Saturday, October 17, 2009

Short-Rib Beef Stew with Ale

I was browsing through all my favorite recipe websites last week looking for inspiration for creating our weekly menu in preparation for grocery shopping. Cool weather is here, so I'm totally into soup mode. But I wanted something different than my fall back standards. Something hearty to make me feel better about not being able to eat all the wonderfully tempting cream soups I keep reading about. This beef stew really caught my eye. It sounded totally different from my normal taste profile. I made it yesterday and it lived up to the hype. It was delicious. I found the recipe on the cooking blog Simply Recipes, one of my absolute favorites. Elise Bauer, the blog's owner, features good home cooking with just enough of a challenge to make it interesting. She describes her recipes as using "mostly whole food ingredients and only occasionally a few things from cans or prepared foods. We believe in a varied, healthy diet, using real butter, real cream, eggs, lots of green vegetables, and protein from meat, fish, beans, and cheese." Exactly the way I like to cook.

I've reprinted the recipe here in its original form. What did I do differently? Well, I only had one type of Paprika so I went with that. I used fire roasted tomatoes. (yum!) I used a pale ale, because I opened the wrong bottle by mistake and didn't want to waste it. I totally forgot the carrots, and not on purpose because I love them.

I cut the recipe in half but I used the whole 12 ounces of ale. Even then, by the time I added the veggies, it needed a bit more liquid. I added a can of beef broth. It was still a very thick stew.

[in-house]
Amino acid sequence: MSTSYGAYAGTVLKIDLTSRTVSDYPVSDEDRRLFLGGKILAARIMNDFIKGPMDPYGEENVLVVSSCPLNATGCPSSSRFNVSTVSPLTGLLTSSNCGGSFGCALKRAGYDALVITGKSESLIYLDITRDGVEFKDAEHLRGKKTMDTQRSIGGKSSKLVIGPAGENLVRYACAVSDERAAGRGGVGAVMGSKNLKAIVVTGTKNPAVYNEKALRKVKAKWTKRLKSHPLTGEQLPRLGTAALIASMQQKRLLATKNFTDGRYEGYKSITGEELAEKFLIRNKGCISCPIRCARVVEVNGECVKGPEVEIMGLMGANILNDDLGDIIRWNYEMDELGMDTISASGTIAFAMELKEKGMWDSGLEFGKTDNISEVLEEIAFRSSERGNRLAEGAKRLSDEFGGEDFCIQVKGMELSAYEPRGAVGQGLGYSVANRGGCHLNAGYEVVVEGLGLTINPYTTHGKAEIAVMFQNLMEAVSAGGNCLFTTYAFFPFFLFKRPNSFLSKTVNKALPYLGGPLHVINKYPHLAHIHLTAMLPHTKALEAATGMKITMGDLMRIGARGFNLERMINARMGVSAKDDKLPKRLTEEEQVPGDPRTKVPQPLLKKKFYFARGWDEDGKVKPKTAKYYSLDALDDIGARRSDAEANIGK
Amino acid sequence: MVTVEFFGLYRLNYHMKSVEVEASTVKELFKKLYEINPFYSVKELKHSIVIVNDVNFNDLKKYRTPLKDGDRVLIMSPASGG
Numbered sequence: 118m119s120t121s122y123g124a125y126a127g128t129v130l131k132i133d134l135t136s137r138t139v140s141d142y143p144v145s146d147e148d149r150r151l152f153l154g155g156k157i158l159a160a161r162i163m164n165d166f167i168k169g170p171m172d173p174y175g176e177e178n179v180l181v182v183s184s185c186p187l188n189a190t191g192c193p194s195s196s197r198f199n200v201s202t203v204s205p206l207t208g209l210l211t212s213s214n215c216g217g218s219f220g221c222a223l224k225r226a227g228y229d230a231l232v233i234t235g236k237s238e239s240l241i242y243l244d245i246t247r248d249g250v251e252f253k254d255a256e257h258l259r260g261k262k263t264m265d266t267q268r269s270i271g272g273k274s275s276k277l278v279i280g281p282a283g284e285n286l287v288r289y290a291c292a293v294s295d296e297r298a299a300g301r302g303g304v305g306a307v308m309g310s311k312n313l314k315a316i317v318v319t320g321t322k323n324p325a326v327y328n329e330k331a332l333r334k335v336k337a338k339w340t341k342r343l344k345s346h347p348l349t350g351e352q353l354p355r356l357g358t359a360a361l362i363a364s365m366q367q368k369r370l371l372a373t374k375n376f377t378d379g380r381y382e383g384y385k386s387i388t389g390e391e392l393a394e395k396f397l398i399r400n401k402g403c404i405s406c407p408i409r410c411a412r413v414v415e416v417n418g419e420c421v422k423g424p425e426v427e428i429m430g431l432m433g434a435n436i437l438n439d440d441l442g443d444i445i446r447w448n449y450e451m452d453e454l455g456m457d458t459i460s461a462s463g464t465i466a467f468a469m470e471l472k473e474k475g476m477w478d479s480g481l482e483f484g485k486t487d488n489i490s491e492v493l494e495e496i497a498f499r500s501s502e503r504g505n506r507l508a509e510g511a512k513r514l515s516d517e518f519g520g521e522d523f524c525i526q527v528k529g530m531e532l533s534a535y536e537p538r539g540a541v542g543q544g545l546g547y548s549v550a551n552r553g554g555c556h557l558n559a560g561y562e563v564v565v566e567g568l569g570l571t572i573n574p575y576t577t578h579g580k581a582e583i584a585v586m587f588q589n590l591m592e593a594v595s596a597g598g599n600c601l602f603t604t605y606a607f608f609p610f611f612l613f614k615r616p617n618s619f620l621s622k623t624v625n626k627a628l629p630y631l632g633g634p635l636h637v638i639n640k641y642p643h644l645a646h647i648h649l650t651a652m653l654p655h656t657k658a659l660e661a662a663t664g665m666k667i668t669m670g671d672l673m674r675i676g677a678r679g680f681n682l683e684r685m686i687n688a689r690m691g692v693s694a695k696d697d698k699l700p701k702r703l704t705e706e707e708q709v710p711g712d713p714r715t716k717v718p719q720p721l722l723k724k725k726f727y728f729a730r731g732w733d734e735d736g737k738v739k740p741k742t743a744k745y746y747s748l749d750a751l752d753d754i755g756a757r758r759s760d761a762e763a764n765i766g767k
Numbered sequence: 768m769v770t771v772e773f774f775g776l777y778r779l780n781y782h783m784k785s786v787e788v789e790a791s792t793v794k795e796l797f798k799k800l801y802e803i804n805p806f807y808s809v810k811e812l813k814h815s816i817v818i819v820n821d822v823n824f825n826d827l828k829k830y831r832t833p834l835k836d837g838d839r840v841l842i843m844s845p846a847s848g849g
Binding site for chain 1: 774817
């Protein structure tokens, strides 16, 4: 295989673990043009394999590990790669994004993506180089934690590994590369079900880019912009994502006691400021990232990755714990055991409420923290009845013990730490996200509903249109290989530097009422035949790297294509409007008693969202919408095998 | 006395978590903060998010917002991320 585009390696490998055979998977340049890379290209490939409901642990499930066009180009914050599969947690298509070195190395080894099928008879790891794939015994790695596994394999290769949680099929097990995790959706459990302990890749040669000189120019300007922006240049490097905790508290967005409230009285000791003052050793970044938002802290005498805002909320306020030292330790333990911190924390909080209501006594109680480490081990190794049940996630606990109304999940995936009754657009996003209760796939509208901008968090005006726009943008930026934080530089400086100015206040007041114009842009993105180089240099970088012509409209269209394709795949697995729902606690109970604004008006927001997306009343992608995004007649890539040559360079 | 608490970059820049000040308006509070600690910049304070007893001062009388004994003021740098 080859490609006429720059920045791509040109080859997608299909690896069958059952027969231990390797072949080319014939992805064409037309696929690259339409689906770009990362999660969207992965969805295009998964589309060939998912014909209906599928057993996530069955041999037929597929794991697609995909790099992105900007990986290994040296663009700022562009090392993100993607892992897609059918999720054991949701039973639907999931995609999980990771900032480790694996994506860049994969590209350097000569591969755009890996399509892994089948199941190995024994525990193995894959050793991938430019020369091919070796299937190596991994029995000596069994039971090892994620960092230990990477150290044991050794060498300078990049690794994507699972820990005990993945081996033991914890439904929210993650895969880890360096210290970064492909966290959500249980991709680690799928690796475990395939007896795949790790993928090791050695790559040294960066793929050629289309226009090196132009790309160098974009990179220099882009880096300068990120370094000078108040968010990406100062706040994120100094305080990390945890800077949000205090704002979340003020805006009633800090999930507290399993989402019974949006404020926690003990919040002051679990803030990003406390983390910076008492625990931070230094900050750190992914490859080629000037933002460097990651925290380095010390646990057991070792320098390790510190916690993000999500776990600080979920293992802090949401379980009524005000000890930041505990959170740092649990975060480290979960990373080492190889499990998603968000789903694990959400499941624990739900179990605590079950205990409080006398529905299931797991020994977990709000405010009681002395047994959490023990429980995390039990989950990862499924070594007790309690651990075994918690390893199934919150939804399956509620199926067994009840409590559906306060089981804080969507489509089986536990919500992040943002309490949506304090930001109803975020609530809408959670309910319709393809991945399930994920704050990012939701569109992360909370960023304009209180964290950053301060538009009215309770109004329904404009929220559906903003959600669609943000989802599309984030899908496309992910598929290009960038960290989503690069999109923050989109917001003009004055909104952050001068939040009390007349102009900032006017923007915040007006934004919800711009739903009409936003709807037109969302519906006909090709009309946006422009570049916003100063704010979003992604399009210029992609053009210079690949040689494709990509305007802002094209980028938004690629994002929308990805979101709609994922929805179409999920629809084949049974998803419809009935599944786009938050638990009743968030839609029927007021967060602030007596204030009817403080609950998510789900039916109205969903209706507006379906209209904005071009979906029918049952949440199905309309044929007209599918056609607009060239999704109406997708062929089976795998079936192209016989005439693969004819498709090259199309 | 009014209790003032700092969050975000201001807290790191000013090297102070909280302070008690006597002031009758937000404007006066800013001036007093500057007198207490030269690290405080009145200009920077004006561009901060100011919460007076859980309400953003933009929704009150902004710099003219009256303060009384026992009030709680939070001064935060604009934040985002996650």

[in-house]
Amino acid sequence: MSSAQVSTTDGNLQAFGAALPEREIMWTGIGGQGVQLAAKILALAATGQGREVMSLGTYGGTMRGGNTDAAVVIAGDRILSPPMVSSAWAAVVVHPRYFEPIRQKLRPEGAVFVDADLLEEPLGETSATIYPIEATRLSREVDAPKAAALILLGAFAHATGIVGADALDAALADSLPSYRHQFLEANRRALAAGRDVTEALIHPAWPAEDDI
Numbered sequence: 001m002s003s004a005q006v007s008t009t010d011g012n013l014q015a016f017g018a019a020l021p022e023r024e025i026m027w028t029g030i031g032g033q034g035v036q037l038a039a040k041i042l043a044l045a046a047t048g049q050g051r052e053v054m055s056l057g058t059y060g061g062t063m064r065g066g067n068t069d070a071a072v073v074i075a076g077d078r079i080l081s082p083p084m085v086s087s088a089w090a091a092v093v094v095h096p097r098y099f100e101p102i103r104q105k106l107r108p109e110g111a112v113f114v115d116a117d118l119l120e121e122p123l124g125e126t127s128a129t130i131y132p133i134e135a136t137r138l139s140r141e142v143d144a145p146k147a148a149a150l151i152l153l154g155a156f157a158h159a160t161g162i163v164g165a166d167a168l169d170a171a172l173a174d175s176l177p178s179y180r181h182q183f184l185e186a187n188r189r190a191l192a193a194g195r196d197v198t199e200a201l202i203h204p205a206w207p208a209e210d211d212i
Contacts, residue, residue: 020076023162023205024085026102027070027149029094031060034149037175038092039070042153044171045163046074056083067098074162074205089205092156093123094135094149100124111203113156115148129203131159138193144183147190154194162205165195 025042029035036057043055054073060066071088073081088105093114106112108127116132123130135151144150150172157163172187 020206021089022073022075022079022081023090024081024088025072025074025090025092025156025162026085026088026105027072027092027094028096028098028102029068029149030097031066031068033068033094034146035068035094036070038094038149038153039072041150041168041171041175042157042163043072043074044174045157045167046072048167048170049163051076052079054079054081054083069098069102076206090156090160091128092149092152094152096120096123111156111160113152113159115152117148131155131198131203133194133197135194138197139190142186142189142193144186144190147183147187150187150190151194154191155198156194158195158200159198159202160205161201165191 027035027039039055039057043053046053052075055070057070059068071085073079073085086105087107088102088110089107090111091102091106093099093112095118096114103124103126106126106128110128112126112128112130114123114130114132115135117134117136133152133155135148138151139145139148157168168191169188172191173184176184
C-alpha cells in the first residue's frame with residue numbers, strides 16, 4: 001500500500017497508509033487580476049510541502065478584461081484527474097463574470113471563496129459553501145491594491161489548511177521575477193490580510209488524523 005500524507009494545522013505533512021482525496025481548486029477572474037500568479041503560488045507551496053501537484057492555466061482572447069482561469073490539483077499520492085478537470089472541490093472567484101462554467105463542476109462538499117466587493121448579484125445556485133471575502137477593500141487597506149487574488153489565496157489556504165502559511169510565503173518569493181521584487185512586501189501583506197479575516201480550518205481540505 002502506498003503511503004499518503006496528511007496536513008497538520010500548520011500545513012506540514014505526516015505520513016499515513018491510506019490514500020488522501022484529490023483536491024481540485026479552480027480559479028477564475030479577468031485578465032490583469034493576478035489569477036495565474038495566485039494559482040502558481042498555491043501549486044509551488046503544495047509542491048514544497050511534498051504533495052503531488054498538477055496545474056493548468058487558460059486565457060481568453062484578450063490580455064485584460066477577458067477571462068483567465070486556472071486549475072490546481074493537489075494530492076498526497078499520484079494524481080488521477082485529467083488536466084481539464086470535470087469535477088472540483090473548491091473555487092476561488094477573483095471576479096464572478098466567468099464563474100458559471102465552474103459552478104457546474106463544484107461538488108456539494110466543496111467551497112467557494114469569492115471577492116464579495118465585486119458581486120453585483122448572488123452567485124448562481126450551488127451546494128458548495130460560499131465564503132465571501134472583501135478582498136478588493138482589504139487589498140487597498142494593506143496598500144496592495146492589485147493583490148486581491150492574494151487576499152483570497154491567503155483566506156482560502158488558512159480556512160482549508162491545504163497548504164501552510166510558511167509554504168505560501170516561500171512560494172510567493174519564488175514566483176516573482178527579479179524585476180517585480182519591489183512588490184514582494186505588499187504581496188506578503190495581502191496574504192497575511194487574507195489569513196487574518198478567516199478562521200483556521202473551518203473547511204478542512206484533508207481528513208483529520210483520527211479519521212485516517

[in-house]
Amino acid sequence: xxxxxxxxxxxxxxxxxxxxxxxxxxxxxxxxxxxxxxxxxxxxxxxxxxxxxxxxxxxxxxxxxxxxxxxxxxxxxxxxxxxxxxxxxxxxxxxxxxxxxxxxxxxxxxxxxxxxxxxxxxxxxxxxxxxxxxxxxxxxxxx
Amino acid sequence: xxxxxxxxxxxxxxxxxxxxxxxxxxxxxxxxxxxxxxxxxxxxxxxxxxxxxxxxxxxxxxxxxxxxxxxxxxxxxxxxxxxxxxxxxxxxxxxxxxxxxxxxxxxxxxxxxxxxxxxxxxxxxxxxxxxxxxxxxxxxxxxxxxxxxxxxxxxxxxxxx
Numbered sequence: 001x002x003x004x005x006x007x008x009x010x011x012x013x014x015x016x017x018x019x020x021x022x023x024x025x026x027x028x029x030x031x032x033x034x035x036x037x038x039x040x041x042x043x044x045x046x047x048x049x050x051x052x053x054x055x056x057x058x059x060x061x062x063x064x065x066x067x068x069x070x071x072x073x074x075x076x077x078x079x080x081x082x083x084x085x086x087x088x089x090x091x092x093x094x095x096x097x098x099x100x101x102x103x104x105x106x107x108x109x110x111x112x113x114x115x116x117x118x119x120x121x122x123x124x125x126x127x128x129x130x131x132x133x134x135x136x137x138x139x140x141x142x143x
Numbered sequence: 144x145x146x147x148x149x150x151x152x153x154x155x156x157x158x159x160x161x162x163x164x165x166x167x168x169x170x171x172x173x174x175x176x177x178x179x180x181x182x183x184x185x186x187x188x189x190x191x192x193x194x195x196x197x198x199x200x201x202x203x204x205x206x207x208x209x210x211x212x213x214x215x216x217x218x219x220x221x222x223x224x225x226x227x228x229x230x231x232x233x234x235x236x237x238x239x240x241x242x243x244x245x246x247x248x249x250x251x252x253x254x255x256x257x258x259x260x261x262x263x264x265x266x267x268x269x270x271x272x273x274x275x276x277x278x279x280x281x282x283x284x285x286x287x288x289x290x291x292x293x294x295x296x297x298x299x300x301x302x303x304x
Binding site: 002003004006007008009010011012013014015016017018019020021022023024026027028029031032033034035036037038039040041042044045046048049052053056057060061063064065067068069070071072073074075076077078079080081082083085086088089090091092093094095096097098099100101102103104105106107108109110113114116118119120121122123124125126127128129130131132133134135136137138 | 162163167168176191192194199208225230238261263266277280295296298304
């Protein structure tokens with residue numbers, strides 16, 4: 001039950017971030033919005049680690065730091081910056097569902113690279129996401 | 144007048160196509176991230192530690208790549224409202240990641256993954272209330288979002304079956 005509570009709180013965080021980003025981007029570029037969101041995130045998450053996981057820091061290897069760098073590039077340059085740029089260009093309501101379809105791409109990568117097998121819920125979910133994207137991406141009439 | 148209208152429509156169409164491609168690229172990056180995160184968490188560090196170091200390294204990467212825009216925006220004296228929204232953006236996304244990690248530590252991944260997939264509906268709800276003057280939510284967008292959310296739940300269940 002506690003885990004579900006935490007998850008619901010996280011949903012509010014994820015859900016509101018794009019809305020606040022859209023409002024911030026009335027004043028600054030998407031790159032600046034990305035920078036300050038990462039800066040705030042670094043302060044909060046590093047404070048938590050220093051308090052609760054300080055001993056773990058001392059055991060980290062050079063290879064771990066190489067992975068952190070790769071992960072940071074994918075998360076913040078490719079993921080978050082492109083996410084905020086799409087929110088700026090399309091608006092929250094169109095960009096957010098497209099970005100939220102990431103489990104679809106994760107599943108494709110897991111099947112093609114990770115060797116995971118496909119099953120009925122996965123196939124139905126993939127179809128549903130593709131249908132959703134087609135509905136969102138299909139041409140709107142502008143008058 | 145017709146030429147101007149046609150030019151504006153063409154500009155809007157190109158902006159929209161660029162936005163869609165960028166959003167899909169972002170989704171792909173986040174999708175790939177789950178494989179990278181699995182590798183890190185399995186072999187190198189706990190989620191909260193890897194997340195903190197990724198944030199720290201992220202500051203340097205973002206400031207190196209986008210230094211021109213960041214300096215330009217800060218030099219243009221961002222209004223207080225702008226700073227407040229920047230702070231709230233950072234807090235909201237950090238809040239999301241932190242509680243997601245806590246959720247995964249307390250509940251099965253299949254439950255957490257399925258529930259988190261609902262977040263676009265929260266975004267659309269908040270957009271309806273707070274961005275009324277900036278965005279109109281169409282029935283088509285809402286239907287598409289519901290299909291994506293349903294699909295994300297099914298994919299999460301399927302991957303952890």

This is not a fast meal. It took at least 3 hours, not counting prep time. But most of that is time in the oven or simmering on the stove. Prep itself was fast and easy. It is a wonderful stew to have cooking in the background while doing housework on a cold winter day. So aromatic!!
I think the recipe turned out great. It will definitely go in my winter rotation and next time I'll even buy some smoked Paprika!

Short-Rib Beef Stew with Ale


1/2 cup flour
2 Tbsp hot paprika
2 teaspoons smoked paprika
Freshly ground black pepper
4 pounds bone-in beef short ribs, trimmed of excess fat
4 strips thick-cut bacon
1 medium onion, chopped
4 cloves garlic, finely chopped
1 bottle (12 oz.) brown ale
1 can (14.5 oz.) whole peeled tomatoes, chopped and juices reserved
2 pounds Yukon Gold or russet potatoes
2 large carrots
1 pound turnips


1 Preheat oven to 300°. Combine flour, hot paprika, smoked paprika, 1 teaspoon of salt, and 1 teaspoon of black pepper in a large bowl. Dredge the short ribs in the flour mixture.

2 In a large Dutch oven over medium-high heat, cook bacon until fat renders. Transfer bacon with a slotted spoon to paper towels and reserve. Pour off all but 1 Tbsp of the bacon fat from pot. (Do not pour down the drain or you will clog your drain when the fat hardens as it cools.) Add short ribs and brown on all sides, 3 to 5 minutes per side.

3 Chop reserved bacon and set aside. Transfer short ribs to a plate and reserve. Add the onion and 1/2 teaspoon of salt to the pot and cook, stirring, until softened, about 3 minutes. Add garlic and cook, stirring, until fragrant, about 1 minute. Add the ale and, using a wooden spoon or spatula, scrape up any browned bits on the bottom of the pan. Add tomatoes and their juices and reserved bacon. Increase heat to high and bring mixture to a boil. Return short ribs to pot, cover, put in the preheated oven, and cook two hours.

4 Peel potatoes, turnips, and carrots, and cut into 1-in. pieces. Add to short ribs, cover, and cook until potatoes are tender and meat pulls away easily from the bone, about 30 minutes. Add salt and pepper to taste.

5 Spoon off excess fat (it helps if you have a fat separator). Remove the bones if you want, before serving.

Serves 8.

- Karen


  1. Yum Mom, when can I come over for dinner? Too bad I'm making a big pot of ham & bean soup for dinner tonight!

  2. This was last night's dinner. I made the mistake of cutting the recipe in half. There's not a lot left over... and I'm not sharing! (Actually, I think Chris already has dibs!)


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